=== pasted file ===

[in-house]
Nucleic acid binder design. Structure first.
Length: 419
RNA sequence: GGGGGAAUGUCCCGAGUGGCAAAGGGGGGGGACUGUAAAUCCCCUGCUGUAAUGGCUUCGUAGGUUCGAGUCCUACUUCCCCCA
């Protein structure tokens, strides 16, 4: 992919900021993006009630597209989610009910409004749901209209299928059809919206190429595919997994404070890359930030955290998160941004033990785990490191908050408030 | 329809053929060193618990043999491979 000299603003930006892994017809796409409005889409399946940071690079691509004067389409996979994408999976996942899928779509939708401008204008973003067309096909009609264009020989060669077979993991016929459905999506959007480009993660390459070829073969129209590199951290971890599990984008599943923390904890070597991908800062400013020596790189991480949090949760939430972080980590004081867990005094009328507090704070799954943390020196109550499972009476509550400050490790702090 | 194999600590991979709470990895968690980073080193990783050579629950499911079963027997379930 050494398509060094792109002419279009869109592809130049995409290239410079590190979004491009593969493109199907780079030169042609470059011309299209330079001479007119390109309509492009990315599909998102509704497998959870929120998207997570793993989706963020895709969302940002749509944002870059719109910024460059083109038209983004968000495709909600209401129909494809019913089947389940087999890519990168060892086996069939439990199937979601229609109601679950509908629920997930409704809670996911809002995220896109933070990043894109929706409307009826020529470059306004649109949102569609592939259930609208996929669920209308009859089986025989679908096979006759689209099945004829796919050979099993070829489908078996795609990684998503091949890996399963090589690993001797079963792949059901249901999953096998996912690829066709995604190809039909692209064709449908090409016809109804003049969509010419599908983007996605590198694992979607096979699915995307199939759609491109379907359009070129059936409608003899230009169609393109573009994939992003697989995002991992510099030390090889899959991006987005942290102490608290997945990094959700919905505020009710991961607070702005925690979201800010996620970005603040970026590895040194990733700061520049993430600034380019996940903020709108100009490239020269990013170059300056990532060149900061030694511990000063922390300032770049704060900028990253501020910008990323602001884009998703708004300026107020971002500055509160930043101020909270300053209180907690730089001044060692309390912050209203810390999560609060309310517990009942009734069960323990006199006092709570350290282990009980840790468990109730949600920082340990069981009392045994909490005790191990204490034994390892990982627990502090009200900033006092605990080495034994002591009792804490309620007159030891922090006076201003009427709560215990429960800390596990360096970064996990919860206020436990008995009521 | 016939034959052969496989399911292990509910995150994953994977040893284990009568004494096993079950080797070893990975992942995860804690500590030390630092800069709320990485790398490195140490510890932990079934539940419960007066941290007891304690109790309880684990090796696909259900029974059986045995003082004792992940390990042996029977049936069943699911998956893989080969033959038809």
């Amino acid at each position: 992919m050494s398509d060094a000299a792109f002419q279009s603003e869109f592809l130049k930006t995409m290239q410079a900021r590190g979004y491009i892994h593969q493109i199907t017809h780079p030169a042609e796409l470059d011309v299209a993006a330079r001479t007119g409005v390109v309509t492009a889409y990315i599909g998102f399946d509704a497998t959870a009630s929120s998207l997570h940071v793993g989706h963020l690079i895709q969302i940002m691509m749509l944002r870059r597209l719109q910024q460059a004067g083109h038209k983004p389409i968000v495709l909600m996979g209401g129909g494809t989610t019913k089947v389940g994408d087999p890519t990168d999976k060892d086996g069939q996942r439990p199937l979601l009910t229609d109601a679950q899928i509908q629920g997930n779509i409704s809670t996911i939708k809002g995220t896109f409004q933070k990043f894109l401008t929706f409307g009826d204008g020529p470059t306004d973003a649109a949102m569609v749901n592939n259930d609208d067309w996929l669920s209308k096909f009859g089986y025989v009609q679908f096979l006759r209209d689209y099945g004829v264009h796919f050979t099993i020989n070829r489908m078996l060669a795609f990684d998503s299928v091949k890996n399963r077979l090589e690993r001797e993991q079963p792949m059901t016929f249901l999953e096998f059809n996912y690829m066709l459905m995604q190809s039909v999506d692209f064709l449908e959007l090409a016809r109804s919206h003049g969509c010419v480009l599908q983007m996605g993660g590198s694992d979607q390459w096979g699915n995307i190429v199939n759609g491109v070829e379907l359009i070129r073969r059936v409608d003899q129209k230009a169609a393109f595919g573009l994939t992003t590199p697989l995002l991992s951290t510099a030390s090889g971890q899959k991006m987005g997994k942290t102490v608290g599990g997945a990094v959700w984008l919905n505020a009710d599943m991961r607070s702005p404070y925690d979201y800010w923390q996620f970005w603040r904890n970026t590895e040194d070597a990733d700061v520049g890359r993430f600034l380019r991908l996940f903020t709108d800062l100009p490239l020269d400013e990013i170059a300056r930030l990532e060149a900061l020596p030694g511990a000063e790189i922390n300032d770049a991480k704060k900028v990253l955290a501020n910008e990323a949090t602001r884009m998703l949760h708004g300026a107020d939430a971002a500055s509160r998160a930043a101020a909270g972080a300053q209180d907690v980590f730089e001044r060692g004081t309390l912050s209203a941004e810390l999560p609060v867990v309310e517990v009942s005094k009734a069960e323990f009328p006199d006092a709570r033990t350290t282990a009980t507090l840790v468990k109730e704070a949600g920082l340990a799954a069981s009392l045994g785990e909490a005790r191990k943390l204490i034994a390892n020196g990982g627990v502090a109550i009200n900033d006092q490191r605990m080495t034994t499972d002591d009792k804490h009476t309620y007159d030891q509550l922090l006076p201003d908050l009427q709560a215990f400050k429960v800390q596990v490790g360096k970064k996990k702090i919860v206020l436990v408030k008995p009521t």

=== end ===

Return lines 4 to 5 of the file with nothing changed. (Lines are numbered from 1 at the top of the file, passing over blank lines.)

RNA sequence: GGGGGAAUGUCCCGAGUGGCAAAGGGGGGGGACUGUAAAUCCCCUGCUGUAAUGGCUUCGUAGGUUCGAGUCCUACUUCCCCCA
């Protein structure tokens, strides 16, 4: 992919900021993006009630597209989610009910409004749901209209299928059809919206190429595919997994404070890359930030955290998160941004033990785990490191908050408030 | 329809053929060193618990043999491979 000299603003930006892994017809796409409005889409399946940071690079691509004067389409996979994408999976996942899928779509939708401008204008973003067309096909009609264009020989060669077979993991016929459905999506959007480009993660390459070829073969129209590199951290971890599990984008599943923390904890070597991908800062400013020596790189991480949090949760939430972080980590004081867990005094009328507090704070799954943390020196109550499972009476509550400050490790702090 | 194999600590991979709470990895968690980073080193990783050579629950499911079963027997379930 050494398509060094792109002419279009869109592809130049995409290239410079590190979004491009593969493109199907780079030169042609470059011309299209330079001479007119390109309509492009990315599909998102509704497998959870929120998207997570793993989706963020895709969302940002749509944002870059719109910024460059083109038209983004968000495709909600209401129909494809019913089947389940087999890519990168060892086996069939439990199937979601229609109601679950509908629920997930409704809670996911809002995220896109933070990043894109929706409307009826020529470059306004649109949102569609592939259930609208996929669920209308009859089986025989679908096979006759689209099945004829796919050979099993070829489908078996795609990684998503091949890996399963090589690993001797079963792949059901249901999953096998996912690829066709995604190809039909692209064709449908090409016809109804003049969509010419599908983007996605590198694992979607096979699915995307199939759609491109379907359009070129059936409608003899230009169609393109573009994939992003697989995002991992510099030390090889899959991006987005942290102490608290997945990094959700919905505020009710991961607070702005925690979201800010996620970005603040970026590895040194990733700061520049993430600034380019996940903020709108100009490239020269990013170059300056990532060149900061030694511990000063922390300032770049704060900028990253501020910008990323602001884009998703708004300026107020971002500055509160930043101020909270300053209180907690730089001044060692309390912050209203810390999560609060309310517990009942009734069960323990006199006092709570350290282990009980840790468990109730949600920082340990069981009392045994909490005790191990204490034994390892990982627990502090009200900033006092605990080495034994002591009792804490309620007159030891922090006076201003009427709560215990429960800390596990360096970064996990919860206020436990008995009521 | 016939034959052969496989399911292990509910995150994953994977040893284990009568004494096993079950080797070893990975992942995860804690500590030390630092800069709320990485790398490195140490510890932990079934539940419960007066941290007891304690109790309880684990090796696909259900029974059986045995003082004792992940390990042996029977049936069943699911998956893989080969033959038809």